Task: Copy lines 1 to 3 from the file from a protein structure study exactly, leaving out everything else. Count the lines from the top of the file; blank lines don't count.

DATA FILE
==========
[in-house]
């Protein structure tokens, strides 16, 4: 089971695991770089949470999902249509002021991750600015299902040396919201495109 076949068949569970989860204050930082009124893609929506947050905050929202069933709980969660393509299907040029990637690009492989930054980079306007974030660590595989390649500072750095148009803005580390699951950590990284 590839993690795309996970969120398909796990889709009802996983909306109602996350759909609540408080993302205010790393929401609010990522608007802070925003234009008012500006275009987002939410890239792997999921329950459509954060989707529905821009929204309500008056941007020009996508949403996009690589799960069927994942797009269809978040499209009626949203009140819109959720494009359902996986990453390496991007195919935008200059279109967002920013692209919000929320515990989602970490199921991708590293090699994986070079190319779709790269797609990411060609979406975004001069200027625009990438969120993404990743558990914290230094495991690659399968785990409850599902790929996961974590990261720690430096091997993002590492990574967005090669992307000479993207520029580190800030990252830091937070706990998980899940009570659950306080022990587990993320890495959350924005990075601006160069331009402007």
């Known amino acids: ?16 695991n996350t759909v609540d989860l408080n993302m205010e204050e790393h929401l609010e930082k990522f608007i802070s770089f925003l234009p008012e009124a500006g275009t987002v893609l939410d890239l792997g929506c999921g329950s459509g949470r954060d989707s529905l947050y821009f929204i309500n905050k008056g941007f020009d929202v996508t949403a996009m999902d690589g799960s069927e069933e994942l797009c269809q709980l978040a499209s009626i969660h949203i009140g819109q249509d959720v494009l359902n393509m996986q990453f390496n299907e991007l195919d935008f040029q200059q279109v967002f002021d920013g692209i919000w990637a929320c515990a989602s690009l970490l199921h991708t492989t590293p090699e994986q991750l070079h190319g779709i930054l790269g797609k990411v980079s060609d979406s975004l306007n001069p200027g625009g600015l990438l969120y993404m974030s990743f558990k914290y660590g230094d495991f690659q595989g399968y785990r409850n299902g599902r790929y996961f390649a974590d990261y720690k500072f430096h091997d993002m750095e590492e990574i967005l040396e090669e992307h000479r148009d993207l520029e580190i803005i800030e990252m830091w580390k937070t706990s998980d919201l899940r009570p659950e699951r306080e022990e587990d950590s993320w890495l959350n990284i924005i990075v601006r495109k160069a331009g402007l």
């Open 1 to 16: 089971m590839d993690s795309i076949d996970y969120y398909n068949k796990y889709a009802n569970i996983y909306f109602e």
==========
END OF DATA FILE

[in-house]
């Protein structure tokens, strides 16, 4: 089971695991770089949470999902249509002021991750600015299902040396919201495109 076949068949569970989860204050930082009124893609929506947050905050929202069933709980969660393509299907040029990637690009492989930054980079306007974030660590595989390649500072750095148009803005580390699951950590990284 590839993690795309996970969120398909796990889709009802996983909306109602996350759909609540408080993302205010790393929401609010990522608007802070925003234009008012500006275009987002939410890239792997999921329950459509954060989707529905821009929204309500008056941007020009996508949403996009690589799960069927994942797009269809978040499209009626949203009140819109959720494009359902996986990453390496991007195919935008200059279109967002920013692209919000929320515990989602970490199921991708590293090699994986070079190319779709790269797609990411060609979406975004001069200027625009990438969120993404990743558990914290230094495991690659399968785990409850599902790929996961974590990261720690430096091997993002590492990574967005090669992307000479993207520029580190800030990252830091937070706990998980899940009570659950306080022990587990993320890495959350924005990075601006160069331009402007």
């Known amino acids: ?16 695991n996350t759909v609540d989860l408080n993302m205010e204050e790393h929401l609010e930082k990522f608007i802070s770089f925003l234009p008012e009124a500006g275009t987002v893609l939410d890239l792997g929506c999921g329950s459509g949470r954060d989707s529905l947050y821009f929204i309500n905050k008056g941007f020009d929202v996508t949403a996009m999902d690589g799960s069927e069933e994942l797009c269809q709980l978040a499209s009626i969660h949203i009140g819109q249509d959720v494009l359902n393509m996986q990453f390496n299907e991007l195919d935008f040029q200059q279109v967002f002021d920013g692209i919000w990637a929320c515990a989602s690009l970490l199921h991708t492989t590293p090699e994986q991750l070079h190319g779709i930054l790269g797609k990411v980079s060609d979406s975004l306007n001069p200027g625009g600015l990438l969120y993404m974030s990743f558990k914290y660590g230094d495991f690659q595989g399968y785990r409850n299902g599902r790929y996961f390649a974590d990261y720690k500072f430096h091997d993002m750095e590492e990574i967005l040396e090669e992307h000479r148009d993207l520029e580190i803005i800030e990252m830091w580390k937070t706990s998980d919201l899940r009570p659950e699951r306080e022990e587990d950590s993320w890495l959350n990284i924005i990075v601006r495109k160069a331009g402007l």